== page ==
Berwick said the new regulations would acknowledge both achievements and improvements, so that cash-strapped hospitals that serve poor areas aren't at a disadvantage.
"We need all boats to rise on the rising tide of quality," he said.
Some of the quality measures that will be tracked include whether:
• Patients who may have had a heart attack receive care within 90 minutes;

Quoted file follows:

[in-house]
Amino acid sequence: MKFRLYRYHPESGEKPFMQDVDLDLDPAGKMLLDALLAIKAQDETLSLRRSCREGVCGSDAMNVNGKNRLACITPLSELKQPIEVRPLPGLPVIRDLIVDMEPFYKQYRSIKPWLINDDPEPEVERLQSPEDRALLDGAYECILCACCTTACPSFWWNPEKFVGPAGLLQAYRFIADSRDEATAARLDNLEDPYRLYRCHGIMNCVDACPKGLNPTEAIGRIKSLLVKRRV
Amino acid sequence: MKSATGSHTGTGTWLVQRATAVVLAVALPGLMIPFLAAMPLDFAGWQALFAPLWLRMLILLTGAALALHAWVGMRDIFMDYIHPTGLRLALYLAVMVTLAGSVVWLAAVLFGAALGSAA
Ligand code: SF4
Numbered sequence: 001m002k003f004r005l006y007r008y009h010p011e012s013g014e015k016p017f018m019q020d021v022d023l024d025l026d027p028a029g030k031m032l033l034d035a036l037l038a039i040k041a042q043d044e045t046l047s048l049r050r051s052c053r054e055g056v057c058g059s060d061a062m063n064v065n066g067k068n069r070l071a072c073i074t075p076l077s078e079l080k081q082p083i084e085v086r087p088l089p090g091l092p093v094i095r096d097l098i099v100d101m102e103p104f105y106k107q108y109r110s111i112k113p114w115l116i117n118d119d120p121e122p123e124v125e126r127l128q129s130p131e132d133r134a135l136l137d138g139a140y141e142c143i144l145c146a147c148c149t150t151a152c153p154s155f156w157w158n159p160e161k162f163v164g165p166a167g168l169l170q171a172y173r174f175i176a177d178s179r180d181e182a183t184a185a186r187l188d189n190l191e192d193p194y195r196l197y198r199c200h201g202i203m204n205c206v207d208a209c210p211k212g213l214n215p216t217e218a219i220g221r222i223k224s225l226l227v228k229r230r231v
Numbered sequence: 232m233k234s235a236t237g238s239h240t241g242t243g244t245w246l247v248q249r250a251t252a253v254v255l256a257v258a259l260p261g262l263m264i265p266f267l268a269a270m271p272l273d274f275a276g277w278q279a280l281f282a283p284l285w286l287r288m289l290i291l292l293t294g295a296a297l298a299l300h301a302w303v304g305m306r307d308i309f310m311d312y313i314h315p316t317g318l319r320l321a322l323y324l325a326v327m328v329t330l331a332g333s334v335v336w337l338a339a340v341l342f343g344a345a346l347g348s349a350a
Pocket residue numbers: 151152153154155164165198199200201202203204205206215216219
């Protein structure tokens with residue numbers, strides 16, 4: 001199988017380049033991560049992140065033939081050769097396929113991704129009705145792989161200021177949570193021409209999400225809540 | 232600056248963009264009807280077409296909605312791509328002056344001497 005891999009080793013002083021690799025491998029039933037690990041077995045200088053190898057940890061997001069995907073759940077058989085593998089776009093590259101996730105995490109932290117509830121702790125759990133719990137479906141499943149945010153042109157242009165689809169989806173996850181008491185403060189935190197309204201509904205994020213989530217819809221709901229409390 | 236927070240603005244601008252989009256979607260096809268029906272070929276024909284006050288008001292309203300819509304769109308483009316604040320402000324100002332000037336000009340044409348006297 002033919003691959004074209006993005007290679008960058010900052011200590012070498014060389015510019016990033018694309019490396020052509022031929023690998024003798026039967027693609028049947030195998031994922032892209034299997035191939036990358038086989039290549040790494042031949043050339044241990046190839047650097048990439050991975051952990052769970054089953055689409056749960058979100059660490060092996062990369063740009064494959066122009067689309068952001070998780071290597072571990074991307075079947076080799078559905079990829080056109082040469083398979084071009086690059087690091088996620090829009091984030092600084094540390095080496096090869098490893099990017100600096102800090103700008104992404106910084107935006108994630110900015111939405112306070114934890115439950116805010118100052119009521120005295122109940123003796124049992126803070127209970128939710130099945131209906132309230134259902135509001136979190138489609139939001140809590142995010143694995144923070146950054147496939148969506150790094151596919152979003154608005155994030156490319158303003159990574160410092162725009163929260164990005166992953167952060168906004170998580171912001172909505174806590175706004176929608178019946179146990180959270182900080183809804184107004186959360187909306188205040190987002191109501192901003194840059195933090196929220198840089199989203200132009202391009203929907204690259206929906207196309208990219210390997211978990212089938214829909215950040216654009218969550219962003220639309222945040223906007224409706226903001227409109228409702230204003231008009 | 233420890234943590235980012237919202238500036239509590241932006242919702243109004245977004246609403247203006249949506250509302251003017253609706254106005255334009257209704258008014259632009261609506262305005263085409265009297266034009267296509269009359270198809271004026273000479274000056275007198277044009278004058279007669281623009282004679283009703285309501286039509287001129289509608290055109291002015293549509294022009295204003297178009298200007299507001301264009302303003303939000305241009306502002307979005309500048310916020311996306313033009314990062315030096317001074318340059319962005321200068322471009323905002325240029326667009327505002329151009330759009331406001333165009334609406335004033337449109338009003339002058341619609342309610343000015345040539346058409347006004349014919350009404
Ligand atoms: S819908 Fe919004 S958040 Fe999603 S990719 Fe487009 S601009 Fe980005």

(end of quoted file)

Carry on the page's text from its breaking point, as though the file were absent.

• Surgery patients get follow-up care within 24 hours to prevent blood clots;
• Hospitals communicate discharge instructions to heart failure patients; and
• Facilities are clean and well-maintained.
"We are especially pleased that measuring patients' experience of care is an important component of this rule," said Christine Bechtel of the Campaign for Better Care, "since it is the only way to get systematic feedback directly from patients and their families about the changes hospitals need to make to improve health outcomes."